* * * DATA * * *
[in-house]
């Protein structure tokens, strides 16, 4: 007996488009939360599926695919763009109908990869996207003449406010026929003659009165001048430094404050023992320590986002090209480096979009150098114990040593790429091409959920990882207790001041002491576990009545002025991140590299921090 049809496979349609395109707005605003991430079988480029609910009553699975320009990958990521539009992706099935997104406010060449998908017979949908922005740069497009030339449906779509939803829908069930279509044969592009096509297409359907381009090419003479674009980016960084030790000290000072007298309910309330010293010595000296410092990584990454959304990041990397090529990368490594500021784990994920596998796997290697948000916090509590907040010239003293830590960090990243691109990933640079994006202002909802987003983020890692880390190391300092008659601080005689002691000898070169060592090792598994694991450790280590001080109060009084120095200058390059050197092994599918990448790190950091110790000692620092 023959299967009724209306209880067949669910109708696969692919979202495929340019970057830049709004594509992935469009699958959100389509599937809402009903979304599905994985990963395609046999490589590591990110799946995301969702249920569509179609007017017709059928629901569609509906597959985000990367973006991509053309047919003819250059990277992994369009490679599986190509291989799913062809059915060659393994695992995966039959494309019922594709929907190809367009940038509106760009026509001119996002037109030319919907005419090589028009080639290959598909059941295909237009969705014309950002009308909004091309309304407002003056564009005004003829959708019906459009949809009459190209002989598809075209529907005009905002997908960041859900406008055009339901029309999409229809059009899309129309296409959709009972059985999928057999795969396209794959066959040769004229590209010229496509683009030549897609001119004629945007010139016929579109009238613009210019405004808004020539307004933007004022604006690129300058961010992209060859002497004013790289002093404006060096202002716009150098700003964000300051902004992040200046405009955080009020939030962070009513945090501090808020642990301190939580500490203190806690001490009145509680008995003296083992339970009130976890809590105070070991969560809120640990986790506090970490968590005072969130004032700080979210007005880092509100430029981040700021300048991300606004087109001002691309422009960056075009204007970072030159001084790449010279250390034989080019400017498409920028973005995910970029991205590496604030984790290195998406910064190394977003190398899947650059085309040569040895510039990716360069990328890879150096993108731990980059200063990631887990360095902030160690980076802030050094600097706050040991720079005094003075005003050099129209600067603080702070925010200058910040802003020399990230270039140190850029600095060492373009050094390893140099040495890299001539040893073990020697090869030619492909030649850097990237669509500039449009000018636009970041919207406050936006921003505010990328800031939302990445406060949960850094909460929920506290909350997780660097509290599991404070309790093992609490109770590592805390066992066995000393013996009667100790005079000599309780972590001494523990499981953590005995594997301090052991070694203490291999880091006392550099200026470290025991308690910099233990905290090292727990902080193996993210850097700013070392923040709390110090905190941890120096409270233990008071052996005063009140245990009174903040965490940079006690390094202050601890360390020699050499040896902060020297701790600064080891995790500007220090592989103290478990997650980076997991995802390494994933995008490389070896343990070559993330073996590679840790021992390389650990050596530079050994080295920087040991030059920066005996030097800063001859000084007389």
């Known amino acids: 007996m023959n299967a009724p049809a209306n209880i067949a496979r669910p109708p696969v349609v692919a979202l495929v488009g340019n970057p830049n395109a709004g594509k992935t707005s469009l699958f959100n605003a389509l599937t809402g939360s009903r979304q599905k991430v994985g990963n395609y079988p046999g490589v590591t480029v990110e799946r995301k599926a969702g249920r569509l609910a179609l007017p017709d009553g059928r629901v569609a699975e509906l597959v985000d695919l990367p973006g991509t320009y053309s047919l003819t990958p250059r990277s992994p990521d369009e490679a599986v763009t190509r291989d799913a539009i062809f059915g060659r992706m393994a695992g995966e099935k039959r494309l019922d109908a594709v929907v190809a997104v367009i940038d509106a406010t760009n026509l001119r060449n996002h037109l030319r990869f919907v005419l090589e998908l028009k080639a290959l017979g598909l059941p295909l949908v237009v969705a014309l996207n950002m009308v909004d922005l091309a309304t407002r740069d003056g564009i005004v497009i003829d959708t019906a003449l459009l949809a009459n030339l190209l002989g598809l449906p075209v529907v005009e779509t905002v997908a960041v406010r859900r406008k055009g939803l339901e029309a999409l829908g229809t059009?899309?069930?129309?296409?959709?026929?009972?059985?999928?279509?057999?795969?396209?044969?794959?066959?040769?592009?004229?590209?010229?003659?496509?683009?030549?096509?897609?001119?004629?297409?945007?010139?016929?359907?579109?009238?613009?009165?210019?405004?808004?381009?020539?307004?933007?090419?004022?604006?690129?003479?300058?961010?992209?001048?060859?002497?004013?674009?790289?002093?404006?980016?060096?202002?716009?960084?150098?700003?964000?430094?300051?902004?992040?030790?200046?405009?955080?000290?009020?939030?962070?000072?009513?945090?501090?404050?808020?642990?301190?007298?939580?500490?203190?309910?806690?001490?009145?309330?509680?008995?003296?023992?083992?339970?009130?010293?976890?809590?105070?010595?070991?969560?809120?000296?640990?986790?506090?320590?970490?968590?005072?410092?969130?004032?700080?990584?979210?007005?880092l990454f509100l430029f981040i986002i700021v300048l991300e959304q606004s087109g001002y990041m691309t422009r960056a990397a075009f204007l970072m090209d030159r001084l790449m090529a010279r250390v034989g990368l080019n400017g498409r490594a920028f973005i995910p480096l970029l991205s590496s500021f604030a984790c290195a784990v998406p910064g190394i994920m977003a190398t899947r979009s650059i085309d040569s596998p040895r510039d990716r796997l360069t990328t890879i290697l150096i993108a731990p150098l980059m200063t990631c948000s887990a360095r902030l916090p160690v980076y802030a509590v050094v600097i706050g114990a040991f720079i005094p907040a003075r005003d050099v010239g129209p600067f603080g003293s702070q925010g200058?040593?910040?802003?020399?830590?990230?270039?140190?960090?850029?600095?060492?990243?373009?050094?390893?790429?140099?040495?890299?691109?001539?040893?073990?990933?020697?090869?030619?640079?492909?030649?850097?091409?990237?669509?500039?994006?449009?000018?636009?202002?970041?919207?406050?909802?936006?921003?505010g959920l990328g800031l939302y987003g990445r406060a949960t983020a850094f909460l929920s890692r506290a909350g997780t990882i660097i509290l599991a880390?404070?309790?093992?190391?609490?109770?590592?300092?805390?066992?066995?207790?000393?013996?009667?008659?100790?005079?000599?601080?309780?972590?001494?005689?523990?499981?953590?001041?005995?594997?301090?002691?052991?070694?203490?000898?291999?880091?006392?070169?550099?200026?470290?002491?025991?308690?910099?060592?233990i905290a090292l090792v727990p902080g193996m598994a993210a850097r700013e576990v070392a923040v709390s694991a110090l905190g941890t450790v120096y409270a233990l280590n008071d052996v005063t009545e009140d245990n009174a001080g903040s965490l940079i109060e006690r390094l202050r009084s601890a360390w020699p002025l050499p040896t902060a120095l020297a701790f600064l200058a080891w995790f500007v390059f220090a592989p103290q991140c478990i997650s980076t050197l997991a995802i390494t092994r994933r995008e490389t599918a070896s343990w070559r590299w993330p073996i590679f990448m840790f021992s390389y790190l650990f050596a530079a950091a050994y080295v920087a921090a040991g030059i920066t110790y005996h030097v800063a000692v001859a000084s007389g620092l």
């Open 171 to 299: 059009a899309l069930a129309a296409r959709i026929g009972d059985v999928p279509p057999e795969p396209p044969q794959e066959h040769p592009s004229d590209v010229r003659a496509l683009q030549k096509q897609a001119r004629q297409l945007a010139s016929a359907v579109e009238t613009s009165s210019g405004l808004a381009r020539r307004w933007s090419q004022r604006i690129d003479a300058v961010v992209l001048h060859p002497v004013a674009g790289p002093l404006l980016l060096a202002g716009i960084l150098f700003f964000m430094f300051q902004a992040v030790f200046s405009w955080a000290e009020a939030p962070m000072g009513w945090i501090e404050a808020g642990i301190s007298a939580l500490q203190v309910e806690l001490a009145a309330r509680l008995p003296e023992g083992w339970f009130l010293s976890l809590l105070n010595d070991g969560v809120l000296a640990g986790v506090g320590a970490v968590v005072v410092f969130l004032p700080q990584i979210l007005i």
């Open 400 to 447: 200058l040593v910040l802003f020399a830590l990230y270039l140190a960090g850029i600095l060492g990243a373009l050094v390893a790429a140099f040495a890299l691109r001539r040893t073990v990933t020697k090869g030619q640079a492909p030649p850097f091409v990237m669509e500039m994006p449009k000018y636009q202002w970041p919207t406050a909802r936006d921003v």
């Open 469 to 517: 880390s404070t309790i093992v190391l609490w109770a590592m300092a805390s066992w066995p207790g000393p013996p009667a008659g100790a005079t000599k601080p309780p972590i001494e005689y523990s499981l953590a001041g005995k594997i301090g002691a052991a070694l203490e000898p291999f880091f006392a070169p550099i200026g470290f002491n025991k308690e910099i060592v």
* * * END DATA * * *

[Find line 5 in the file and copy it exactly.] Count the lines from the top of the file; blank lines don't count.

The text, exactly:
């Open 400 to 447: 200058l040593v910040l802003f020399a830590l990230y270039l140190a960090g850029i600095l060492g990243a373009l050094v390893a790429a140099f040495a890299l691109r001539r040893t073990v990933t020697k090869g030619q640079a492909p030649p850097f091409v990237m669509e500039m994006p449009k000018y636009q202002w970041p919207t406050a909802r936006d921003v």